Slavery in Biblical times


#1

Okay, since the bible mentions slavery many times and some critics even say it condones it, was slavery different back then? I’ve heard scholars say that slavery was more based on unpaid debts (if you were in debt, you were a slave until it was paid) or that it was based on being captured in war or a criminal.

This leads me to the question of why do critics of Christianity feel that the bible condones race based (chattel) slavery? If anything the Church has stood against it in some senses. If I remember the church was against the original slave trade, but they were ignored by the Spanish and Portugese. Also, even in regards to American slavery, the Church was against having black slaves, but American bishops in the South (and probably north) didn’t follow these rules (I heard something to this effect while listening to Fr. Mitch Pacwa. If I’m incorrect please correct me).

So why do critics like the idiotic Dan Savage :mad: say that the Bible was okay with race based slavery? Anyone with a brain can look up and see that slavery wasn’t based on race until about 500 years ago


#2

[quote="WildCatholic, post:1, topic:322133"]
Okay, since the bible mentions slavery many times and some critics even say it condones it, was slavery different back then? I've heard scholars say that slavery was more based on unpaid debts (if you were in debt, you were a slave until it was paid) or that it was based on being captured in war or a criminal.

This leads me to the question of why do critics of Christianity feel that the bible condones race based (chattel) slavery? If anything the Church has stood against it in some senses. If I remember the church was against the original slave trade, but they were ignored by the Spanish and Portugese. Also, even in regards to American slavery, the Church was against having black slaves, but American bishops in the South (and probably north) didn't follow these rules (I heard something to this effect while listening to Fr. Mitch Pacwa. If I'm incorrect please correct me).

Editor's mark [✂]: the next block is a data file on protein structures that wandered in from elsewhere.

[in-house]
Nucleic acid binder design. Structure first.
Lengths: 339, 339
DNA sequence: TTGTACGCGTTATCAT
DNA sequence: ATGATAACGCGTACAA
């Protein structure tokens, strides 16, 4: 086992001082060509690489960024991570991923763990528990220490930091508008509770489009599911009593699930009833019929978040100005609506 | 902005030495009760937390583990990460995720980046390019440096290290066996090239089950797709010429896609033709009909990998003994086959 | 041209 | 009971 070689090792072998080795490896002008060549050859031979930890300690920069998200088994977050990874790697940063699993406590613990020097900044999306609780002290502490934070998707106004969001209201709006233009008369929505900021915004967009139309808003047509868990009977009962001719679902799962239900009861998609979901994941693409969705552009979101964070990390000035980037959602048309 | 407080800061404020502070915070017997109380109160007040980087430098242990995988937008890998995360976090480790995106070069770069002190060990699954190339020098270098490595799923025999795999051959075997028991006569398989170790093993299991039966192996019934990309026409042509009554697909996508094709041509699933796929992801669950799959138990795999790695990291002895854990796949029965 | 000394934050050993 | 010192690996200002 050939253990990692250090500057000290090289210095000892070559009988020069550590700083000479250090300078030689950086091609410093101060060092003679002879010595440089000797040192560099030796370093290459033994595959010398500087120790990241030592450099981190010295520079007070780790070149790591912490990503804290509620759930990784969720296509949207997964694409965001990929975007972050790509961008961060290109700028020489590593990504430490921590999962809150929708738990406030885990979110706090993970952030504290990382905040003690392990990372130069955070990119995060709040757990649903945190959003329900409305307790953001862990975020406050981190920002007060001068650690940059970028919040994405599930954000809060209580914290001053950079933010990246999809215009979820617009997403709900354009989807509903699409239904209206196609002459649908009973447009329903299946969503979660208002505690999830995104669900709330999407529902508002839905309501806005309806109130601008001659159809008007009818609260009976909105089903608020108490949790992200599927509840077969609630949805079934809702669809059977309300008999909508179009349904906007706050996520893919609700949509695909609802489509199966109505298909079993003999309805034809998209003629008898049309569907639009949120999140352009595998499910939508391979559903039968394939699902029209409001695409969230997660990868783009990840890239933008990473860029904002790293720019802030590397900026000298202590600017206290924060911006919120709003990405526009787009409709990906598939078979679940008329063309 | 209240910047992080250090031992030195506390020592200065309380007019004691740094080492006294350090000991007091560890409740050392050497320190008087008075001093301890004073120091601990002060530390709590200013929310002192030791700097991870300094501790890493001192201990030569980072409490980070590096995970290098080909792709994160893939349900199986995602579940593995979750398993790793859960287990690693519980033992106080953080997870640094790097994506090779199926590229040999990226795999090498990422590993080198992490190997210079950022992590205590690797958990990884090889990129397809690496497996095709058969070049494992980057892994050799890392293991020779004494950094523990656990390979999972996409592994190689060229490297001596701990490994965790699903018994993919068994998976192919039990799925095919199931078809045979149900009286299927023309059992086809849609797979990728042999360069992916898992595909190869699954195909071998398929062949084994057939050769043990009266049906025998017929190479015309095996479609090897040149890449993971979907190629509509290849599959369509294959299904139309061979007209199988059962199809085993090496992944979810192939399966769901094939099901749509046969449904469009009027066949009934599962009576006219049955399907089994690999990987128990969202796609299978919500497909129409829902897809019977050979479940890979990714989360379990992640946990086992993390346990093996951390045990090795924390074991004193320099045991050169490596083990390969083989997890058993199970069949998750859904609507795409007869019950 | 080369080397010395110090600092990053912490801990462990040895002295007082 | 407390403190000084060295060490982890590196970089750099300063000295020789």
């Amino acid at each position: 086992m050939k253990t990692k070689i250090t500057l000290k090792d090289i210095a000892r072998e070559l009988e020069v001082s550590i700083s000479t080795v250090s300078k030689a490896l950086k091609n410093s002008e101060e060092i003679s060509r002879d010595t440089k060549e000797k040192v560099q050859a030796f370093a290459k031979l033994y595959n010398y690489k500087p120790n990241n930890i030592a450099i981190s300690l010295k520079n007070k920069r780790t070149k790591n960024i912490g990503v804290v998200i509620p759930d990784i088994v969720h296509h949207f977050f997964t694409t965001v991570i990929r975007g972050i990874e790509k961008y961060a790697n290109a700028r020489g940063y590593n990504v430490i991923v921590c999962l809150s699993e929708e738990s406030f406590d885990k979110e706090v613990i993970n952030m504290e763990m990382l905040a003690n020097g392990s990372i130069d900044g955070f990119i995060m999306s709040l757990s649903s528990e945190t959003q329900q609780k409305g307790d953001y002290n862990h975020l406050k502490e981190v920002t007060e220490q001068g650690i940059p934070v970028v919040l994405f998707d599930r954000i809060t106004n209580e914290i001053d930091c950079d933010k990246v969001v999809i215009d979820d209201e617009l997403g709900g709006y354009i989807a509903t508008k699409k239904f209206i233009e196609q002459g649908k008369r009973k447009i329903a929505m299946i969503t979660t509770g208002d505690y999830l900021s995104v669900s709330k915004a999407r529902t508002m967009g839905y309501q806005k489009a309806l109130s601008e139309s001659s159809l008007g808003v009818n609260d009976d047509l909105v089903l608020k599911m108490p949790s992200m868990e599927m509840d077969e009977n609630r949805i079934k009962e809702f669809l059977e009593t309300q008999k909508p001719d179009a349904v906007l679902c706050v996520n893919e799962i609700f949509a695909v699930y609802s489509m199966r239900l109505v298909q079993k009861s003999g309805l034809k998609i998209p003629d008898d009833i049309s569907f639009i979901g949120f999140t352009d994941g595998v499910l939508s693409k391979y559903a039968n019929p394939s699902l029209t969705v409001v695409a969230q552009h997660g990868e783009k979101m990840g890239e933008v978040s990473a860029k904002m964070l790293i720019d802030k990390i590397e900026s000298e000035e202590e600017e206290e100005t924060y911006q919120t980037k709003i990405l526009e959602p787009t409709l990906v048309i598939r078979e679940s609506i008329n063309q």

So why do critics like the idiotic Dan Savage :mad: say that the Bible was okay with race based slavery? Anyone with a brain can look up and see that slavery wasn't based on race until about 500 years ago

[/quote]

Ummm . . . .because Dan Savage hates the Church and Truth?
I find it interesting that he devotes so much time to leading people astray. What a blessing he wasn't ordained!


#3

There were multiple forms of slavery in the ancient worlds, within the Roman empire. The folks who represent slavery in those days as somehow different than modern times are typically using domestic/household/personal slaves as an example. It was milder, less often abuse, etc. However, it still entailed a lack of freedom.

But the Roman Empire, especially in Italy, had the equivalent of what we would hink of as plantation slaves also. Here, there were large scale enterprises, mining, agriculture, construction, etc, who utilized slave labor in the most brutal fashion. One can suppose there were a lot of similarities between American slavery and this slavery.

As for slavery being racial based, it was not that. But it was certainly based on ethnicity or “nationality”. Large percentages of conquered populations, at times, were forced into slavery. And example of this would be the Jews after all three of the Roman-Jewish wars.


#4

You may find this older CAF thread helpful.

Most (though not all) slavery in ancient times involved either the holding of conquered foes or indentured servitude. There was no such thing as a "welfare state." If you were poor, you either found food, shelter and clothing or died, with no governmental recourse available. Some individuals or even families would indenture themselves to survive.

This puts some context to how Sacred Scripture discussed how masters and slaves should behave for each other, since Old Testament Scripture does differentiate from these types of slavery and chattel slavery--the kind used against Africans in early America, who were treated as objects without any rights whatsoever.


#5

Thanks for the insight. I kind of thought that’s how it was. I always knew it was kind of like being a debtor. Also, if I remember, some slaves were very well educated. I think Socrates was educated by slaves, as were most important Romans.

What bugs me is that we have this vision of slavery as black vs. white.


#6

[quote="WildCatholic, post:5, topic:322133"]
Thanks for the insight. I kind of thought that's how it was. I always knew it was kind of like being a debtor. Also, if I remember, some slaves were very well educated. I think Socrates was educated by slaves, as were most important Romans.

What bugs me is that we have this vision of slavery as black vs. white.

[/quote]

The vision you speak of is due to the tendency of Americans to see themselves falsely as the cultural center of the world. Slavery has different meanings. Understandably, the country's history, culminating with the Civil Rights movement brought racism to greater exposure so its active and passive nature could be greatly diminished. However, political correctness has overcharged the term here in the States, making ancient distinctions harder to clarify.


#7

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